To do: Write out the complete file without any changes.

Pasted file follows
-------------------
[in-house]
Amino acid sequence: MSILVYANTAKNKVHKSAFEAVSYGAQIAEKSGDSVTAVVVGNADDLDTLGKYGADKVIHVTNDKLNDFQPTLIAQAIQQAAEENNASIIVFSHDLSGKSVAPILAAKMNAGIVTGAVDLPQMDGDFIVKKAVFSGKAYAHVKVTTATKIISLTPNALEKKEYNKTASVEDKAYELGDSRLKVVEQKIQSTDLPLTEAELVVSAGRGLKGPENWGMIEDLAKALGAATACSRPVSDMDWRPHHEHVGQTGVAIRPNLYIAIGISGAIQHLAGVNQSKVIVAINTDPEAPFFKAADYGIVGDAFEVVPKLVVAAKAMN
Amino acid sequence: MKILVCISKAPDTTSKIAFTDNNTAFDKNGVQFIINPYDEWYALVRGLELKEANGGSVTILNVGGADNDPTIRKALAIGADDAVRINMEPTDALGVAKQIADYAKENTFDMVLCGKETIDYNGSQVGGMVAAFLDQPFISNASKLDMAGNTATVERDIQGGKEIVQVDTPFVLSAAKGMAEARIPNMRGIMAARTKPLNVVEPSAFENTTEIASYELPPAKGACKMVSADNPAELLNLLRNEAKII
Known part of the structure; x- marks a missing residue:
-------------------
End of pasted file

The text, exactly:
[in-house]
Amino acid sequence: MSILVYANTAKNKVHKSAFEAVSYGAQIAEKSGDSVTAVVVGNADDLDTLGKYGADKVIHVTNDKLNDFQPTLIAQAIQQAAEENNASIIVFSHDLSGKSVAPILAAKMNAGIVTGAVDLPQMDGDFIVKKAVFSGKAYAHVKVTTATKIISLTPNALEKKEYNKTASVEDKAYELGDSRLKVVEQKIQSTDLPLTEAELVVSAGRGLKGPENWGMIEDLAKALGAATACSRPVSDMDWRPHHEHVGQTGVAIRPNLYIAIGISGAIQHLAGVNQSKVIVAINTDPEAPFFKAADYGIVGDAFEVVPKLVVAAKAMN
Amino acid sequence: MKILVCISKAPDTTSKIAFTDNNTAFDKNGVQFIINPYDEWYALVRGLELKEANGGSVTILNVGGADNDPTIRKALAIGADDAVRINMEPTDALGVAKQIADYAKENTFDMVLCGKETIDYNGSQVGGMVAAFLDQPFISNASKLDMAGNTATVERDIQGGKEIVQVDTPFVLSAAKGMAEARIPNMRGIMAARTKPLNVVEPSAFENTTEIASYELPPAKGACKMVSADNPAELLNLLRNEAKII
Known part of the structure; x- marks a missing residue: